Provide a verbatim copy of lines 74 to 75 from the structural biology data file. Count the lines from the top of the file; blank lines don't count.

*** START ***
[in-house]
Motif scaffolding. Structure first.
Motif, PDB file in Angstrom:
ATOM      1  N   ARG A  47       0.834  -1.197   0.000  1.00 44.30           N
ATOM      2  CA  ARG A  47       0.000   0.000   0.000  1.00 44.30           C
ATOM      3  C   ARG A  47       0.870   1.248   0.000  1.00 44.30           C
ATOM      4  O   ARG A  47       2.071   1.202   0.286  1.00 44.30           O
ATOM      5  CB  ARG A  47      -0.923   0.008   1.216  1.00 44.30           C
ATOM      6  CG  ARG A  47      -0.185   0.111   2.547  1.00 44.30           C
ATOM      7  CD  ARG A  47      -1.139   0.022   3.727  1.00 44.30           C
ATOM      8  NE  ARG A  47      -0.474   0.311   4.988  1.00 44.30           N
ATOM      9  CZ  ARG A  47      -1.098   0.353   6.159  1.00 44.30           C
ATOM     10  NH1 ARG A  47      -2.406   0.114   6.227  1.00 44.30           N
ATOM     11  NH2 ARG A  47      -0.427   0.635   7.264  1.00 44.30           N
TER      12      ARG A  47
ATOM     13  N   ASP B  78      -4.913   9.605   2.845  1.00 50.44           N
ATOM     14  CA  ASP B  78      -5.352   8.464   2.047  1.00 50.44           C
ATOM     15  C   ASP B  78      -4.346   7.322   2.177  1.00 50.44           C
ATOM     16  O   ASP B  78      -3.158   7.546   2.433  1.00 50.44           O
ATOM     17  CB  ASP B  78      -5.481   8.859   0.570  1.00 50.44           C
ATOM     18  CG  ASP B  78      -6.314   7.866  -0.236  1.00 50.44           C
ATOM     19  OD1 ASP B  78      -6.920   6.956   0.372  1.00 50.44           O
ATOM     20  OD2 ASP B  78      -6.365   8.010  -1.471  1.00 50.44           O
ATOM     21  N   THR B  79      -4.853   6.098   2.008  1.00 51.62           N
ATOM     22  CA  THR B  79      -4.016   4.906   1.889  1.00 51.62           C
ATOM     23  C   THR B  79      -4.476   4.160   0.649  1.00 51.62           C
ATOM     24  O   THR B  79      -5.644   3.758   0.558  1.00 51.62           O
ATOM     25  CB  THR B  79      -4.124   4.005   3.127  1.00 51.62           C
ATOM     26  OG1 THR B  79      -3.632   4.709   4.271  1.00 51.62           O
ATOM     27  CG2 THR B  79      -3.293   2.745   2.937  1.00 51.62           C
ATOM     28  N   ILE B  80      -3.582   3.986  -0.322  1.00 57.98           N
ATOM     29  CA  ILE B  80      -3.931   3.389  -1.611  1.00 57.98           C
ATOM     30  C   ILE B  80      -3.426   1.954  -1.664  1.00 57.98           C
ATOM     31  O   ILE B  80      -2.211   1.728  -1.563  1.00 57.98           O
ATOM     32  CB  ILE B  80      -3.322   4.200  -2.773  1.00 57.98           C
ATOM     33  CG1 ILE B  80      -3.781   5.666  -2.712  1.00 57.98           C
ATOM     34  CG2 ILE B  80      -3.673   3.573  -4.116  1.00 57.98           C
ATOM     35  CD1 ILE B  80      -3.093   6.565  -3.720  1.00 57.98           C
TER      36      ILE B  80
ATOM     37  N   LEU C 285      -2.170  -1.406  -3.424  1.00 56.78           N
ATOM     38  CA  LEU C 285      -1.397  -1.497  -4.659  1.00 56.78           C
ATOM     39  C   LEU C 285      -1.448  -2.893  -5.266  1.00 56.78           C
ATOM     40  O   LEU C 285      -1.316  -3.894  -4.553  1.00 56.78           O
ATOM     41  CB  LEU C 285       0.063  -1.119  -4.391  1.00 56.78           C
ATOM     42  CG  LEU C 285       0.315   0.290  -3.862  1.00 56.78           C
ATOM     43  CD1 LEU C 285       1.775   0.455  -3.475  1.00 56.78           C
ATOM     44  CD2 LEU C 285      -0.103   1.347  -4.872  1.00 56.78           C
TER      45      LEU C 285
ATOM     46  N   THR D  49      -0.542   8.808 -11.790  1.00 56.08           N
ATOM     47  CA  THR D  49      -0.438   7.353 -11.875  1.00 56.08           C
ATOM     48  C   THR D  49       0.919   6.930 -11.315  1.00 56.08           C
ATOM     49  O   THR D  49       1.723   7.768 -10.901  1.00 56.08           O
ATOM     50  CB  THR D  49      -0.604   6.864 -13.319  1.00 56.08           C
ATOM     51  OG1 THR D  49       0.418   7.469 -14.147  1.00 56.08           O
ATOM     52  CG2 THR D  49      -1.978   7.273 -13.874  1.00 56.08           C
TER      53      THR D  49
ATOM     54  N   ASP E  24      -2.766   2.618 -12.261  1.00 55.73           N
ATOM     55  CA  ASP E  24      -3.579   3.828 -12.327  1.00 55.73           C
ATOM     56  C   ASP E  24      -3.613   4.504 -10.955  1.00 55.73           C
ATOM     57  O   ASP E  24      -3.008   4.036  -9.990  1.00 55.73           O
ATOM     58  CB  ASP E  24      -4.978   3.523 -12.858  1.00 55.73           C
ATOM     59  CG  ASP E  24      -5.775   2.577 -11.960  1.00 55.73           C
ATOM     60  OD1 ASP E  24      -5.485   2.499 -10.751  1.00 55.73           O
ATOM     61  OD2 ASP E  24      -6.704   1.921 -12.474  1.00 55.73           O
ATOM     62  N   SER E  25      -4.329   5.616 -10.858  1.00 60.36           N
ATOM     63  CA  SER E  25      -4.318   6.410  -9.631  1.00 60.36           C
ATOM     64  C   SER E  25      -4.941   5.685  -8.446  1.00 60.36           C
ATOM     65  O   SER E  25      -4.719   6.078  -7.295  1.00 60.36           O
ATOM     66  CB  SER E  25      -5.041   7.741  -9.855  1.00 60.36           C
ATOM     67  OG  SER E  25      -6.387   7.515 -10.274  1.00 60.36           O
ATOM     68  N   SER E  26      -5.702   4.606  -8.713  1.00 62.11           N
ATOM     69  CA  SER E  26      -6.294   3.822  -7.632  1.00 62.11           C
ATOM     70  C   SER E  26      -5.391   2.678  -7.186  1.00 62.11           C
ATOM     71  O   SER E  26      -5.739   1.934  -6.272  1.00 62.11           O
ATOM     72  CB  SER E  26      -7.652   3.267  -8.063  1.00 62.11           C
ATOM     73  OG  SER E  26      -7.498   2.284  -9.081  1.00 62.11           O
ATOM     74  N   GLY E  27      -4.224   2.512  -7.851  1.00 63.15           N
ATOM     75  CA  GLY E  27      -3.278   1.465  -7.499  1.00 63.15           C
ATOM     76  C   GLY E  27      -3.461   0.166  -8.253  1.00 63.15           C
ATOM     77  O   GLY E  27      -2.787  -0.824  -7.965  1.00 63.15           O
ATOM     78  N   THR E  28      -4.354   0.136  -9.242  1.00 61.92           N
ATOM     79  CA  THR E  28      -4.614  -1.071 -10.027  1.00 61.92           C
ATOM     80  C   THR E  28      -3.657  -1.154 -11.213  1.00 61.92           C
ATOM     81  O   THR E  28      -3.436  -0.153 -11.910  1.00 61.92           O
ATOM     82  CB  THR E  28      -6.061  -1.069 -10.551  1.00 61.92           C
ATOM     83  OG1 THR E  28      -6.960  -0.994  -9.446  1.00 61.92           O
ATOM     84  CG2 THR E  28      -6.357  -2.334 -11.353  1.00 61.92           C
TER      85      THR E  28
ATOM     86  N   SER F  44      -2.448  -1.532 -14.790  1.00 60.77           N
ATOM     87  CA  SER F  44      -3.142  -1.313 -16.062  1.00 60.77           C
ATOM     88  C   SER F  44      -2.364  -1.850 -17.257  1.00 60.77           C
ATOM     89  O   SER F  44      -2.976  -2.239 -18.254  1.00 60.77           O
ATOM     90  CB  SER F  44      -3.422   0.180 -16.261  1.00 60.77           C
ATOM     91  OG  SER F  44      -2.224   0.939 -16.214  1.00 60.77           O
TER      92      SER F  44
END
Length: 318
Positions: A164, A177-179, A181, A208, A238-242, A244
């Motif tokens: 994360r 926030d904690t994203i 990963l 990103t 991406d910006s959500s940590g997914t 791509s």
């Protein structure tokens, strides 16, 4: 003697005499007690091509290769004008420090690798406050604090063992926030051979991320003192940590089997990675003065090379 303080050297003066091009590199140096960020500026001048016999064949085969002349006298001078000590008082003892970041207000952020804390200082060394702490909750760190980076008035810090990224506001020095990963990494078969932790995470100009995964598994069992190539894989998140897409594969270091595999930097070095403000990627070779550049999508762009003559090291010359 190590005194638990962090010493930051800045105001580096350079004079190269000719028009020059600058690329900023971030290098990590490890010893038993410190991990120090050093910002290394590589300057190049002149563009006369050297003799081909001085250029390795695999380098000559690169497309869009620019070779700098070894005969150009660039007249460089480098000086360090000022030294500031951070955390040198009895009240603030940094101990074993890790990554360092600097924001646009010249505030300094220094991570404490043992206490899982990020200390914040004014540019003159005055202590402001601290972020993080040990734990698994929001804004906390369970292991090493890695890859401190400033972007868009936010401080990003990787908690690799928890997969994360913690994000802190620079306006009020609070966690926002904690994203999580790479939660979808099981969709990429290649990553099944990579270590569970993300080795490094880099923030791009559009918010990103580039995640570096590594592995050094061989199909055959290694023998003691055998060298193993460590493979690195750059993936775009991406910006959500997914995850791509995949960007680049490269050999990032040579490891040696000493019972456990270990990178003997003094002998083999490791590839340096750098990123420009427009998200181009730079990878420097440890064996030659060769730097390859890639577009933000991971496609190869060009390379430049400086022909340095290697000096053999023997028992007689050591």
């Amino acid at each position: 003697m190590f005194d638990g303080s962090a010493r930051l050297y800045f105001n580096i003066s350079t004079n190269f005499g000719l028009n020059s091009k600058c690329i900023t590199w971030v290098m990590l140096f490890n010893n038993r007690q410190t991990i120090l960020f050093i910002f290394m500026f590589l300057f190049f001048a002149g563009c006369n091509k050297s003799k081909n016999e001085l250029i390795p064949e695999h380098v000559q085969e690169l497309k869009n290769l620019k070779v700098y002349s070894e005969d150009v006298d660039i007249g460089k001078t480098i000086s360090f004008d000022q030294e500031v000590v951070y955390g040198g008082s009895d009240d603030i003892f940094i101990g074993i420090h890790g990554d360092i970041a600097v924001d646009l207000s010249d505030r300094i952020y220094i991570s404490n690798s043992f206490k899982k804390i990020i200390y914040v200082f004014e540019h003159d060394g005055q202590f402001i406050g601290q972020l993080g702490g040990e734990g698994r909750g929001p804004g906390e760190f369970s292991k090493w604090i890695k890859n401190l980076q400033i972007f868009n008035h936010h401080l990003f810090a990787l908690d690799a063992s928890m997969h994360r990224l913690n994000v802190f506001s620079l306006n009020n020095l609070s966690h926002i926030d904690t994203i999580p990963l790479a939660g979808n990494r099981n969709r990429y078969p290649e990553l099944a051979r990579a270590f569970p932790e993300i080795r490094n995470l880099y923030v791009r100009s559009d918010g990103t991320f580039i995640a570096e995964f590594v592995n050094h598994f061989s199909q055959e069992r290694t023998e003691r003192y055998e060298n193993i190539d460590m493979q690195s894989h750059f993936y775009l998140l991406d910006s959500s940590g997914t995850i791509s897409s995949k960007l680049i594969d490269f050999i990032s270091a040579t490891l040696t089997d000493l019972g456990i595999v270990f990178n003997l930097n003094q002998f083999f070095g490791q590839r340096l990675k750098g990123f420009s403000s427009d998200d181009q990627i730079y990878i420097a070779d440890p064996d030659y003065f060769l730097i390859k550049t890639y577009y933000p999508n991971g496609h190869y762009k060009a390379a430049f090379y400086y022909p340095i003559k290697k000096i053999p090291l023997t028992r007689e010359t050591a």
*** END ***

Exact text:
ATOM     71  O   SER E  26      -5.739   1.934  -6.272  1.00 62.11           O
ATOM     72  CB  SER E  26      -7.652   3.267  -8.063  1.00 62.11           C